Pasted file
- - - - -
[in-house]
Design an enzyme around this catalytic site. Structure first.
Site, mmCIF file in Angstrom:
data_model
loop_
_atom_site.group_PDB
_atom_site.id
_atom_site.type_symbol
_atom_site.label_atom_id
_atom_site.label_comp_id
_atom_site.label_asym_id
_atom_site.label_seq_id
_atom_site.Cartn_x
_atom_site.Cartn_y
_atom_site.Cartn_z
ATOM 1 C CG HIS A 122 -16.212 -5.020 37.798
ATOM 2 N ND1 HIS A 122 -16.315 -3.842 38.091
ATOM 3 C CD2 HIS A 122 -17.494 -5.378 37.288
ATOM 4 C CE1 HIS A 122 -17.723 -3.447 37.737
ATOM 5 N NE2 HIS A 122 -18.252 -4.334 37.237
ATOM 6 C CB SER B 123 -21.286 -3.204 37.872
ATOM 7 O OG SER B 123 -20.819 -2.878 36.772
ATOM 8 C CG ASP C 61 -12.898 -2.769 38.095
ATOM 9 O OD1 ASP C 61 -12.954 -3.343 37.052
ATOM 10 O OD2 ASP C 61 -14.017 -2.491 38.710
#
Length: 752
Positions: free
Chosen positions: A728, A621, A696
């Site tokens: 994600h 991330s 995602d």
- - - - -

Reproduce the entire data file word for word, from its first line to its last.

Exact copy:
[in-house]
Design an enzyme around this catalytic site. Structure first.
Site, mmCIF file in Angstrom:
data_model
loop_
_atom_site.group_PDB
_atom_site.id
_atom_site.type_symbol
_atom_site.label_atom_id
_atom_site.label_comp_id
_atom_site.label_asym_id
_atom_site.label_seq_id
_atom_site.Cartn_x
_atom_site.Cartn_y
_atom_site.Cartn_z
ATOM 1 C CG HIS A 122 -16.212 -5.020 37.798
ATOM 2 N ND1 HIS A 122 -16.315 -3.842 38.091
ATOM 3 C CD2 HIS A 122 -17.494 -5.378 37.288
ATOM 4 C CE1 HIS A 122 -17.723 -3.447 37.737
ATOM 5 N NE2 HIS A 122 -18.252 -4.334 37.237
ATOM 6 C CB SER B 123 -21.286 -3.204 37.872
ATOM 7 O OG SER B 123 -20.819 -2.878 36.772
ATOM 8 C CG ASP C 61 -12.898 -2.769 38.095
ATOM 9 O OD1 ASP C 61 -12.954 -3.343 37.052
ATOM 10 O OD2 ASP C 61 -14.017 -2.491 38.710
#
Length: 752
Positions: free
Chosen positions: A728, A621, A696
């Site tokens: 994600h 991330s 995602d």